Students still under attack from Kremlin-backed militants
Instead of worrying about finals and last assignments, students in Donbas are having to contend with very real threats from the Kremlin-backed militants calling themselves the Donetsk or Luhansk People’s Republics.
The Education Ministrythat in view of the situation in the region and the anti-terrorism operation underway, it was advising institutes and universities in the Luhansk and Donetsk regions to suspend lectures. According to students, the recommendation has thus far been ignored. For a large number of students this means having to pass through checkpoints manned by armed militants known to be holding a large number of people, including at very least one student hostage.
One second-year-student, Veronica writes: “My nerves are giving out. Everyday somebody rings and recounts horror stories. A car’s been stolen, or somebody’s been robbed or knifed. Militants with rifles turn up at the university. The city’s empty, and people keep saying that you need to get out as soon as possible. That there could be a total purge any day. You try not to believe the rumours, hope for the best. Yet even the most steadfast are giving in.”
On May 26, she says, armed men with machine guns turned up at the Donetsk Technical University, disrupted the lecture and called on students to join the DPR militants. The building was closed, but by the next day the story had been muffled and the university continued working. She adds that the university management deny that the incident took place.
On May 29 DPR militants appeared at the Donetsk National University hostel and demanded lists of students. They said they’d be back.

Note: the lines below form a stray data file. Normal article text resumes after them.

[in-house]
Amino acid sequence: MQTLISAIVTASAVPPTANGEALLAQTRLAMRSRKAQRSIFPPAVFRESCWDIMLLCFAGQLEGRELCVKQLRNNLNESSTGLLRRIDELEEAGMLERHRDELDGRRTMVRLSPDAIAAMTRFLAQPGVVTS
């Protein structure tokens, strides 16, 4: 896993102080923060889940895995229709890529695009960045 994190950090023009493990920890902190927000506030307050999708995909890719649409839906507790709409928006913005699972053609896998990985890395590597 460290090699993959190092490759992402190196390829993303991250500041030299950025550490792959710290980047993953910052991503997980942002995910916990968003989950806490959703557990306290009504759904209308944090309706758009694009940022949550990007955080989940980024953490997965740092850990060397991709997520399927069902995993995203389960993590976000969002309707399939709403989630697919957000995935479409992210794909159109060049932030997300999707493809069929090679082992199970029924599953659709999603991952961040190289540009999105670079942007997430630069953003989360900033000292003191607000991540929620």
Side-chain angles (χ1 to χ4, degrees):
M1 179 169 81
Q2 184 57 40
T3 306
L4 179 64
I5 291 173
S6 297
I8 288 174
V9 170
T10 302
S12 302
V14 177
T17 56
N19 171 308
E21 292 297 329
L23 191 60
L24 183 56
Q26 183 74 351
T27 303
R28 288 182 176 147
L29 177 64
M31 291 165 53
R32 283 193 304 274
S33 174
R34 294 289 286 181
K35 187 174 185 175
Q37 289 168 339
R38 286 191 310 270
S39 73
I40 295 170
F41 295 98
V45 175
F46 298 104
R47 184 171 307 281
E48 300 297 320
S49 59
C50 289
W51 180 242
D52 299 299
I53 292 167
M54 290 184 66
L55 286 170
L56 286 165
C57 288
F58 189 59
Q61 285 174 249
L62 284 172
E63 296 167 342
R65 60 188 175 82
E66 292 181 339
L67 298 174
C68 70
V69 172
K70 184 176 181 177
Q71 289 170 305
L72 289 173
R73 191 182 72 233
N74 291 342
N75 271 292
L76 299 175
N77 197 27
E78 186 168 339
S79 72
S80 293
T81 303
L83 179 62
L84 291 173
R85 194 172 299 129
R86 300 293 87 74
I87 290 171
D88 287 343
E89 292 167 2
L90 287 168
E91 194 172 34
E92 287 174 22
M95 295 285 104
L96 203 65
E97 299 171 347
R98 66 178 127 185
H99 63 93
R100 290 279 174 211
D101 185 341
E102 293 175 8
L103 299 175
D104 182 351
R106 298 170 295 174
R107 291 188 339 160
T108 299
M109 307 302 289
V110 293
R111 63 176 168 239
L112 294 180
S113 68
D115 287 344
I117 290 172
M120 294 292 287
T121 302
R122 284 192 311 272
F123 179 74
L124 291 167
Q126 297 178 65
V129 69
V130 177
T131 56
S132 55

Not all have ignored the Education Ministry – the medical school, for example, has closed. Veronica’s institute however has simply brought the exams forward by two weeks, to July 5.
She mentions also the chief doctor of one clinic who has just discharged anybody he could, and moved all others to the basement.
Roman Kolodiy, a youth activist from the Foundation for Regional Initiatives is now in hospital after being attacked on May 28 by armed men in camouflage gear. He received knife wounds to the stomach and legs, concussion and bruising. His colleaguesthat donations are needed to help pay for his treatment.
Activists and students are easy targets, however anybody can be at risk, especially if they are known to hold pro-Ukrainian views, or dare to speak Ukrainian in public places. Pro-Ukrainian rallies ceased with the arrival of armed militants. It became quite simply dangerous.
As reported, the DPR have stated in their ‘constitution’ that they recognize only the Orthodox Church of the Moscow Patriarchate. Believers of other faiths have already experienced harassment. So too have journalists not working for Russian Kremlin-loyal media.